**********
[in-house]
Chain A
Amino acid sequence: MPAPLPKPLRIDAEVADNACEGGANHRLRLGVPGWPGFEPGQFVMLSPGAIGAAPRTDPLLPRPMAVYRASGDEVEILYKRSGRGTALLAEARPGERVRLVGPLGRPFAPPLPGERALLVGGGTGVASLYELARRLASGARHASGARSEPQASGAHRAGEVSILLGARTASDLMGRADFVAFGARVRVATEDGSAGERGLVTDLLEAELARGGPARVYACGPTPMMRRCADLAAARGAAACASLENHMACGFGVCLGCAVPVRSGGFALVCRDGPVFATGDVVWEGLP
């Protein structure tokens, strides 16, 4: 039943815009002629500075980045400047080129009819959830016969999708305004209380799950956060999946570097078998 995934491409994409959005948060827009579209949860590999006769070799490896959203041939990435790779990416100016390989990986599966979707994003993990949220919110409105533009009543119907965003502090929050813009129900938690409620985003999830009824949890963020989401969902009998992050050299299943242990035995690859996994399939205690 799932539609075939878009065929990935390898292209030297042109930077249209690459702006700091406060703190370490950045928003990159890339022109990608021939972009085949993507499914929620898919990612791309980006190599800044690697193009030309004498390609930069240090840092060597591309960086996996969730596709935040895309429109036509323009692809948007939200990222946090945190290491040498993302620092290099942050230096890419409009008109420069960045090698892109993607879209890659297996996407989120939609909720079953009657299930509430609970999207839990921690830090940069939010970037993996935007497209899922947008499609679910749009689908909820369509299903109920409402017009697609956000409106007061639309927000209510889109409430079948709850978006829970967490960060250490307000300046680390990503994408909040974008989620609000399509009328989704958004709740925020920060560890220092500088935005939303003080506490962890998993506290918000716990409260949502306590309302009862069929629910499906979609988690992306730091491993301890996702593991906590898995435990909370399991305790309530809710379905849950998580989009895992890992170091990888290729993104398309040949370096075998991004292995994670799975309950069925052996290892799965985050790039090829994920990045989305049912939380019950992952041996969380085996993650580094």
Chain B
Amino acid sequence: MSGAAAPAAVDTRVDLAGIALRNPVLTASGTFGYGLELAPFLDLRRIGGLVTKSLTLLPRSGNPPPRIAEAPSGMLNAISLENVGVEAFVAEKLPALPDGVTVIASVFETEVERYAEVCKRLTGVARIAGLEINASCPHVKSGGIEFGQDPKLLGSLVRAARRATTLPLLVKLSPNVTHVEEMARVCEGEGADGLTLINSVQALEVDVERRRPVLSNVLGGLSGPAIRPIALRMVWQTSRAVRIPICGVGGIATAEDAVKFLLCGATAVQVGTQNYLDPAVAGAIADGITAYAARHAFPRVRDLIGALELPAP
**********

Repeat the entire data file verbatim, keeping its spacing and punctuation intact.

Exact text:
[in-house]
Chain A
Amino acid sequence: MPAPLPKPLRIDAEVADNACEGGANHRLRLGVPGWPGFEPGQFVMLSPGAIGAAPRTDPLLPRPMAVYRASGDEVEILYKRSGRGTALLAEARPGERVRLVGPLGRPFAPPLPGERALLVGGGTGVASLYELARRLASGARHASGARSEPQASGAHRAGEVSILLGARTASDLMGRADFVAFGARVRVATEDGSAGERGLVTDLLEAELARGGPARVYACGPTPMMRRCADLAAARGAAACASLENHMACGFGVCLGCAVPVRSGGFALVCRDGPVFATGDVVWEGLP
């Protein structure tokens, strides 16, 4: 039943815009002629500075980045400047080129009819959830016969999708305004209380799950956060999946570097078998 995934491409994409959005948060827009579209949860590999006769070799490896959203041939990435790779990416100016390989990986599966979707994003993990949220919110409105533009009543119907965003502090929050813009129900938690409620985003999830009824949890963020989401969902009998992050050299299943242990035995690859996994399939205690 799932539609075939878009065929990935390898292209030297042109930077249209690459702006700091406060703190370490950045928003990159890339022109990608021939972009085949993507499914929620898919990612791309980006190599800044690697193009030309004498390609930069240090840092060597591309960086996996969730596709935040895309429109036509323009692809948007939200990222946090945190290491040498993302620092290099942050230096890419409009008109420069960045090698892109993607879209890659297996996407989120939609909720079953009657299930509430609970999207839990921690830090940069939010970037993996935007497209899922947008499609679910749009689908909820369509299903109920409402017009697609956000409106007061639309927000209510889109409430079948709850978006829970967490960060250490307000300046680390990503994408909040974008989620609000399509009328989704958004709740925020920060560890220092500088935005939303003080506490962890998993506290918000716990409260949502306590309302009862069929629910499906979609988690992306730091491993301890996702593991906590898995435990909370399991305790309530809710379905849950998580989009895992890992170091990888290729993104398309040949370096075998991004292995994670799975309950069925052996290892799965985050790039090829994920990045989305049912939380019950992952041996969380085996993650580094």
Chain B
Amino acid sequence: MSGAAAPAAVDTRVDLAGIALRNPVLTASGTFGYGLELAPFLDLRRIGGLVTKSLTLLPRSGNPPPRIAEAPSGMLNAISLENVGVEAFVAEKLPALPDGVTVIASVFETEVERYAEVCKRLTGVARIAGLEINASCPHVKSGGIEFGQDPKLLGSLVRAARRATTLPLLVKLSPNVTHVEEMARVCEGEGADGLTLINSVQALEVDVERRRPVLSNVLGGLSGPAIRPIALRMVWQTSRAVRIPICGVGGIATAEDAVKFLLCGATAVQVGTQNYLDPAVAGAIADGITAYAARHAFPRVRDLIGALELPAP